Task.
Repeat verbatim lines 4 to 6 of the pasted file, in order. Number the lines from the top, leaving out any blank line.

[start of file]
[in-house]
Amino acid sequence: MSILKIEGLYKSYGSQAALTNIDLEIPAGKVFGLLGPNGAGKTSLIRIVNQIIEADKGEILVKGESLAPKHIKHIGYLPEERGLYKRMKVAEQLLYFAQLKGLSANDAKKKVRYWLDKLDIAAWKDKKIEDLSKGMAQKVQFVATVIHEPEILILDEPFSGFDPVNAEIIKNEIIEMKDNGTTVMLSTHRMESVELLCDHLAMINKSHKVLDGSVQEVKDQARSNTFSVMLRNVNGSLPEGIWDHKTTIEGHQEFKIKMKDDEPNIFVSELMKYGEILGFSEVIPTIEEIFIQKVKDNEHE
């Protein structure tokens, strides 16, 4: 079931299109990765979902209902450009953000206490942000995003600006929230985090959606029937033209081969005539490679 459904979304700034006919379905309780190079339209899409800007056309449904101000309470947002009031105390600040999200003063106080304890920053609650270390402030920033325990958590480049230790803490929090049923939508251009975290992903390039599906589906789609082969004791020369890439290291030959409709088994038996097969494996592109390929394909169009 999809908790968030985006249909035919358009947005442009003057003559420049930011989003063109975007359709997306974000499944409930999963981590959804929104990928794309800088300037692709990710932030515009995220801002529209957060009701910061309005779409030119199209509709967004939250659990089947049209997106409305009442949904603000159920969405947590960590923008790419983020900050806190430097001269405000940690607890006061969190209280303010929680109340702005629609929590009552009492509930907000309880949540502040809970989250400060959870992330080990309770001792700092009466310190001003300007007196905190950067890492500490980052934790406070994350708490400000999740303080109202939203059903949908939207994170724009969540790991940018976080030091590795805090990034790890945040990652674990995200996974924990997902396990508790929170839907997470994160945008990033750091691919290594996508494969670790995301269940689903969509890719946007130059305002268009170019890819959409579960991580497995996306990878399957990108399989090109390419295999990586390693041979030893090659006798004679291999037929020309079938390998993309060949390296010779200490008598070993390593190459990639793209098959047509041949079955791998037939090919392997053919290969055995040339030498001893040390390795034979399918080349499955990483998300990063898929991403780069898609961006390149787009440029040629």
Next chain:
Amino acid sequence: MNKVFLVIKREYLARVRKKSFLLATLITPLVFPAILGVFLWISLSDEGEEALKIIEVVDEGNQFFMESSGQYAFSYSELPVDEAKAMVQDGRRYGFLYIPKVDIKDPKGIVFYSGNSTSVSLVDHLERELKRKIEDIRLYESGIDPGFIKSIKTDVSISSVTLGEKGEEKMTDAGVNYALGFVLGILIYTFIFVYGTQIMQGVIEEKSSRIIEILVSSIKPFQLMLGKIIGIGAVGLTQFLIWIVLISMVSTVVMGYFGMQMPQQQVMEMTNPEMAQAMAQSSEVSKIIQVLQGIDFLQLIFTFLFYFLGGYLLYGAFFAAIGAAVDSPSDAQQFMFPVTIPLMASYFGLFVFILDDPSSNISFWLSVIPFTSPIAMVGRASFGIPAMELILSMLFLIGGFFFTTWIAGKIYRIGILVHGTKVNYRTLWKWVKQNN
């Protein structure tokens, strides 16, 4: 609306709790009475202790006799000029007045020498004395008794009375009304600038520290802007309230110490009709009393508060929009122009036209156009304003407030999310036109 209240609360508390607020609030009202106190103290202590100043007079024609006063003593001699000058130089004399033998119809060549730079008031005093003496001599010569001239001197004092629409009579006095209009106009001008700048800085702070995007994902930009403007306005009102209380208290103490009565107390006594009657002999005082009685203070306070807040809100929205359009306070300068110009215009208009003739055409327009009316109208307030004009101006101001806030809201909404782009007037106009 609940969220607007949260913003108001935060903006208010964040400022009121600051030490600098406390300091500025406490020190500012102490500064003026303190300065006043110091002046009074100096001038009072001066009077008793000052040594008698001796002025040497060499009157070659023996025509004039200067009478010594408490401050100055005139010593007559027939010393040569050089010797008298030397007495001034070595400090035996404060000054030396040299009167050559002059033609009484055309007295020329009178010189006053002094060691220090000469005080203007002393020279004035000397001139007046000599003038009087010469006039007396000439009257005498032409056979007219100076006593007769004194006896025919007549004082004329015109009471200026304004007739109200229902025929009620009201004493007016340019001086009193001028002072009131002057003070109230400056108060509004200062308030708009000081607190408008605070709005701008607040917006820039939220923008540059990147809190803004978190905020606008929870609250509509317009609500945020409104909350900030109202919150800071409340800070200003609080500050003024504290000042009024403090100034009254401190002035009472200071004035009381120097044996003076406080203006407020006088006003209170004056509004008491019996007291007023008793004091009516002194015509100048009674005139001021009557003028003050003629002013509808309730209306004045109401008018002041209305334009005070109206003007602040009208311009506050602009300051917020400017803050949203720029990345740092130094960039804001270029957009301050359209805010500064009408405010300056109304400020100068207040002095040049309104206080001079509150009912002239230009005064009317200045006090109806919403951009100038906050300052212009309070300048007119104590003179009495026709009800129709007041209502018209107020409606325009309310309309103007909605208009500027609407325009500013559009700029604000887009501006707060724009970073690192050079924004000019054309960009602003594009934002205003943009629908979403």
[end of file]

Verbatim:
Next chain:
Amino acid sequence: MNKVFLVIKREYLARVRKKSFLLATLITPLVFPAILGVFLWISLSDEGEEALKIIEVVDEGNQFFMESSGQYAFSYSELPVDEAKAMVQDGRRYGFLYIPKVDIKDPKGIVFYSGNSTSVSLVDHLERELKRKIEDIRLYESGIDPGFIKSIKTDVSISSVTLGEKGEEKMTDAGVNYALGFVLGILIYTFIFVYGTQIMQGVIEEKSSRIIEILVSSIKPFQLMLGKIIGIGAVGLTQFLIWIVLISMVSTVVMGYFGMQMPQQQVMEMTNPEMAQAMAQSSEVSKIIQVLQGIDFLQLIFTFLFYFLGGYLLYGAFFAAIGAAVDSPSDAQQFMFPVTIPLMASYFGLFVFILDDPSSNISFWLSVIPFTSPIAMVGRASFGIPAMELILSMLFLIGGFFFTTWIAGKIYRIGILVHGTKVNYRTLWKWVKQNN
């Protein structure tokens, strides 16, 4: 609306709790009475202790006799000029007045020498004395008794009375009304600038520290802007309230110490009709009393508060929009122009036209156009304003407030999310036109 209240609360508390607020609030009202106190103290202590100043007079024609006063003593001699000058130089004399033998119809060549730079008031005093003496001599010569001239001197004092629409009579006095209009106009001008700048800085702070995007994902930009403007306005009102209380208290103490009565107390006594009657002999005082009685203070306070807040809100929205359009306070300068110009215009208009003739055409327009009316109208307030004009101006101001806030809201909404782009007037106009 609940969220607007949260913003108001935060903006208010964040400022009121600051030490600098406390300091500025406490020190500012102490500064003026303190300065006043110091002046009074100096001038009072001066009077008793000052040594008698001796002025040497060499009157070659023996025509004039200067009478010594408490401050100055005139010593007559027939010393040569050089010797008298030397007495001034070595400090035996404060000054030396040299009167050559002059033609009484055309007295020329009178010189006053002094060691220090000469005080203007002393020279004035000397001139007046000599003038009087010469006039007396000439009257005498032409056979007219100076006593007769004194006896025919007549004082004329015109009471200026304004007739109200229902025929009620009201004493007016340019001086009193001028002072009131002057003070109230400056108060509004200062308030708009000081607190408008605070709005701008607040917006820039939220923008540059990147809190803004978190905020606008929870609250509509317009609500945020409104909350900030109202919150800071409340800070200003609080500050003024504290000042009024403090100034009254401190002035009472200071004035009381120097044996003076406080203006407020006088006003209170004056509004008491019996007291007023008793004091009516002194015509100048009674005139001021009557003028003050003629002013509808309730209306004045109401008018002041209305334009005070109206003007602040009208311009506050602009300051917020400017803050949203720029990345740092130094960039804001270029957009301050359209805010500064009408405010300056109304400020100068207040002095040049309104206080001079509150009912002239230009005064009317200045006090109806919403951009100038906050300052212009309070300048007119104590003179009495026709009800129709007041209502018209107020409606325009309310309309103007909605208009500027609407325009500013559009700029604000887009501006707060724009970073690192050079924004000019054309960009602003594009934002205003943009629908979403």